(Guyana Guardian) – While the Georgetown Public Hospital is seemingly the most criticized symbol of Guyana’s healthcare system, Guyanese may be surprise to know that that medical institution is one of the most equipped state-run healthcare facilities within the Caribbean Community.

In a side by side comparison of several state funded hospitals in the Caribbean, Allan Barrette, an international Pharmaceutical Investigator who also documents the state of healthcare facilities across various regions; – explained (in an invited comment) that the Georgetown Public Hospital, which is a state funded medical institution in Guyana, was found to be more equipped and professionally staffed than the main government funded hospitals in Grenada, Antigua, St. Lucia, Suriname, and several other territories with a higher GDP.

Only the main government-run hospitals in Trinidad and Tobago, the Bahamas, and Barbados were found to be clearly ahead of the healthcare facilities that are available at the Georgetown Public Hospital in Guyana.

Private healthcare cost in Guyana were also found to be less costly than in any of the other Caribbean Community countries, with the Dr. Balwant Singh Hospital holding a slim lead when it comes to advance medical technology services locally.

While Barrette did not consider his information as gospel, he told the Guyana Guardian that his data was almost fool-proof and may reflect almost the same thing if a regional health care research is actually funded and conducted fairly by the Caribbean Community.

He however found that while the Georgetown Hospital is reasonably equipped, his independent data seems to suggest that around 30% of available medical technology there is not in use or is not functional for one reason or the other; while the emergency processing procedures, patient visit experience, patient complaint handling, and overall patient care accountability processes are relatively poor when compared to the other territories.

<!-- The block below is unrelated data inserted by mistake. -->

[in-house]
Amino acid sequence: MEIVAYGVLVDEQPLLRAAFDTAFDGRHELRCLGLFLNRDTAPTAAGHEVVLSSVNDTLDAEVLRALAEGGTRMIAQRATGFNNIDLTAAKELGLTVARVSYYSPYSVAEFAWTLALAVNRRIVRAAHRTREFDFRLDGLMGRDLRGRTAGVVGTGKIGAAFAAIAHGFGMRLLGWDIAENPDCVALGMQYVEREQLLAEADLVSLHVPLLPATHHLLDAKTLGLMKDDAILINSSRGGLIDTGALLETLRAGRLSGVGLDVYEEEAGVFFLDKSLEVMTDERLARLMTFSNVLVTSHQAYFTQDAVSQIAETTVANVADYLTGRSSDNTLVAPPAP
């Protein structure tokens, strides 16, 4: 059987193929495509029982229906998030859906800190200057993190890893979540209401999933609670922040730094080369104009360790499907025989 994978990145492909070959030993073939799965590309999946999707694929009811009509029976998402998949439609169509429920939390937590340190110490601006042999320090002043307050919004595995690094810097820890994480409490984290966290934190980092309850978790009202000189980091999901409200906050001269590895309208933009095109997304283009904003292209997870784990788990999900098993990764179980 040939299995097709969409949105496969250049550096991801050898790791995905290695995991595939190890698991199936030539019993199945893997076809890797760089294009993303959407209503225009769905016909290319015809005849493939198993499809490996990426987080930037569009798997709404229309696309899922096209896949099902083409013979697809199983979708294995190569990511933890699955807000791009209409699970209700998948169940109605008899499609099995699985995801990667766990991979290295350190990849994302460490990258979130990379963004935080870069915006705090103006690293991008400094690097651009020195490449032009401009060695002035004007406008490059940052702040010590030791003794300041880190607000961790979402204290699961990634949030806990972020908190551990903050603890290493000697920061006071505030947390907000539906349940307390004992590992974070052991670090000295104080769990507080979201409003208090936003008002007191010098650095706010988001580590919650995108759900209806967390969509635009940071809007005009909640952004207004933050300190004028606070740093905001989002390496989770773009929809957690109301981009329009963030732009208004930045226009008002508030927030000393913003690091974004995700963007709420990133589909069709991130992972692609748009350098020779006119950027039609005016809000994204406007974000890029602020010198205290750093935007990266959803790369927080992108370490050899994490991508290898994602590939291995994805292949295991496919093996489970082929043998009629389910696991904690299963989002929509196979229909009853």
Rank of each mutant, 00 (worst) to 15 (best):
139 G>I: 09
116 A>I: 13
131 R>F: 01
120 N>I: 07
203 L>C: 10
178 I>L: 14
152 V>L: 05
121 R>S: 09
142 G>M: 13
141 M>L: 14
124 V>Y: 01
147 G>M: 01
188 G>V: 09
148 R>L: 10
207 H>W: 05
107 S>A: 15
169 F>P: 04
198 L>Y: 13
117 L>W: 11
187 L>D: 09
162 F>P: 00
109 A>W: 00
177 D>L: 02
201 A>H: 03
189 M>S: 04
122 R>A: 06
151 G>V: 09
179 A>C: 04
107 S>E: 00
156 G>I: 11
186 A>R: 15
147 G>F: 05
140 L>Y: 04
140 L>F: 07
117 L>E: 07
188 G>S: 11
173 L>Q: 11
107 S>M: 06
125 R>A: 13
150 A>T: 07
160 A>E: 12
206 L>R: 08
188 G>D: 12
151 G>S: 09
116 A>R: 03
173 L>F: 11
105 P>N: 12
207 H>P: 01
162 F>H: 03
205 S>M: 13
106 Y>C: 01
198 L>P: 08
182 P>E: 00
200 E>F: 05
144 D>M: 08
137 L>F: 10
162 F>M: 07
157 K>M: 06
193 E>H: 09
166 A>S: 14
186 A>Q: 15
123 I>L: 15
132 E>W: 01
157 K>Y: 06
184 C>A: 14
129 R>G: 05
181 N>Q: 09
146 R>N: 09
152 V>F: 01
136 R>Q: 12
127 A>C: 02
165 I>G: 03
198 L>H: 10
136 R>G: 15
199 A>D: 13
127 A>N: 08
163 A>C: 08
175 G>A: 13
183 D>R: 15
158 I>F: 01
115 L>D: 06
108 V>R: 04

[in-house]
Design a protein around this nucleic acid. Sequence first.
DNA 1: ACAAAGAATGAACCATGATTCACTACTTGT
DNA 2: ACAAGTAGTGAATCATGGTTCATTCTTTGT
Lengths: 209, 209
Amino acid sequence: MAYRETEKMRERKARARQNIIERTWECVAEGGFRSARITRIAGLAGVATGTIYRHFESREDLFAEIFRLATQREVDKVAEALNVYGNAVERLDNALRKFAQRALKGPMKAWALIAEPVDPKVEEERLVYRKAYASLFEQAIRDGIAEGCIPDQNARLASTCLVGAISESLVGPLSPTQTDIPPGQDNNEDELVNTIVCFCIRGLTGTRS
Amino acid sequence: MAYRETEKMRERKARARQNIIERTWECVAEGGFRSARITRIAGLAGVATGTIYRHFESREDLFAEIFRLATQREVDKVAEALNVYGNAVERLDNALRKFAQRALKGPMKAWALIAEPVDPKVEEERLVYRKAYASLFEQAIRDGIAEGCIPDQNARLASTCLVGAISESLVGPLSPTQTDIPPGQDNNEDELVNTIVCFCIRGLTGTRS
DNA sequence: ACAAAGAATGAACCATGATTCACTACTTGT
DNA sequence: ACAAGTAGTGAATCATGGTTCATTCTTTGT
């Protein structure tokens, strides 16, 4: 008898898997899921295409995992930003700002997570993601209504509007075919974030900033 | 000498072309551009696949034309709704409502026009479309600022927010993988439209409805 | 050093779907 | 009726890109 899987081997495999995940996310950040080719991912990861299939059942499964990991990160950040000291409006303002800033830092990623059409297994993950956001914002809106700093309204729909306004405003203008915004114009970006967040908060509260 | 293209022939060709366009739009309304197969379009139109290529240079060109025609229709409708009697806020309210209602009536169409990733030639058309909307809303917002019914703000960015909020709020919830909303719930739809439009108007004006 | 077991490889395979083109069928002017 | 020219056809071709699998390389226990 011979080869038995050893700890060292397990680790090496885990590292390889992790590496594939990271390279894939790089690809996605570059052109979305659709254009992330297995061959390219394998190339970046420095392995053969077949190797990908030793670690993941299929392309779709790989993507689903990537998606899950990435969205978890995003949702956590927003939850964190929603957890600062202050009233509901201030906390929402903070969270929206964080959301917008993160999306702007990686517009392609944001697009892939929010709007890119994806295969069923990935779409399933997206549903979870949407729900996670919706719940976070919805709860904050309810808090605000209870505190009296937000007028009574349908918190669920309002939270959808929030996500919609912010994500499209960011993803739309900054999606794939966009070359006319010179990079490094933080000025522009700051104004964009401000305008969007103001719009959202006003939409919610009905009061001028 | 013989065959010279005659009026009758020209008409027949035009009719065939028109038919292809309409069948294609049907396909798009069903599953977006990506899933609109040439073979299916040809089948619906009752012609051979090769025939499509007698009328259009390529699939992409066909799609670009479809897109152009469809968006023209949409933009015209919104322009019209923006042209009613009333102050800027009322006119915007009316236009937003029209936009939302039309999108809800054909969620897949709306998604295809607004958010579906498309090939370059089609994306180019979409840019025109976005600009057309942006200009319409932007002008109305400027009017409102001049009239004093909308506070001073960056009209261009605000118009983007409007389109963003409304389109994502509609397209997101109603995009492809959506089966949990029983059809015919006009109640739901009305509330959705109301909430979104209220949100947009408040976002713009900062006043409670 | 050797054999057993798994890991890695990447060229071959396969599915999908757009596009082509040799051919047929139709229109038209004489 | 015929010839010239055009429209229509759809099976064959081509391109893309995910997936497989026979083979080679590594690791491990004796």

Nonetheless, he explained that just over a hundred Caricom nationals are believed to have traveled to Guyana during 2015 alone in pursuit of free health care treatment at the Georgetown Public Hospital since they would usually have to pay hundreds or thousands of dollars for the same healthcare services in their home countries.
The most popular group of healthcare tourists are believe to be Grenadians, Barbadians, overseas based Guyanese and Brazilians who are often reliant on surgical procedures and dental procedures which are freely done at the Georgetown Hospital in Guyana.

“For example, while an ambulance ride to the hospital or a blood test in Guyana is free, a government ambulance pick-up or a blood test at the public hospital in Grenada is not. So you can imagine how challenging and costly it can be for these people if they are to undergo a surgical procedure even at the Government run hospital there”, he said.

But while Guyana extends free healthcare to all Caricom nationals, whether they are in the country legally or illegally, most of the other member states does not offer free health care to Guyanese regardless of their statuses.

Albeit all of this, Barrette’s findings may come as a surprise or as a big joke to many Guyanese, who have often criticized the Georgetown Public Hospital and its staff for various reasons, including perceived poor services, and regular maternal deaths among other things.

But in Barrette’s view, Guyanese need to go abroad and engage the public health systems of other countries. He surmised that thereafter, they will surely learn to appreciate the free healthcare system that is available to them locally.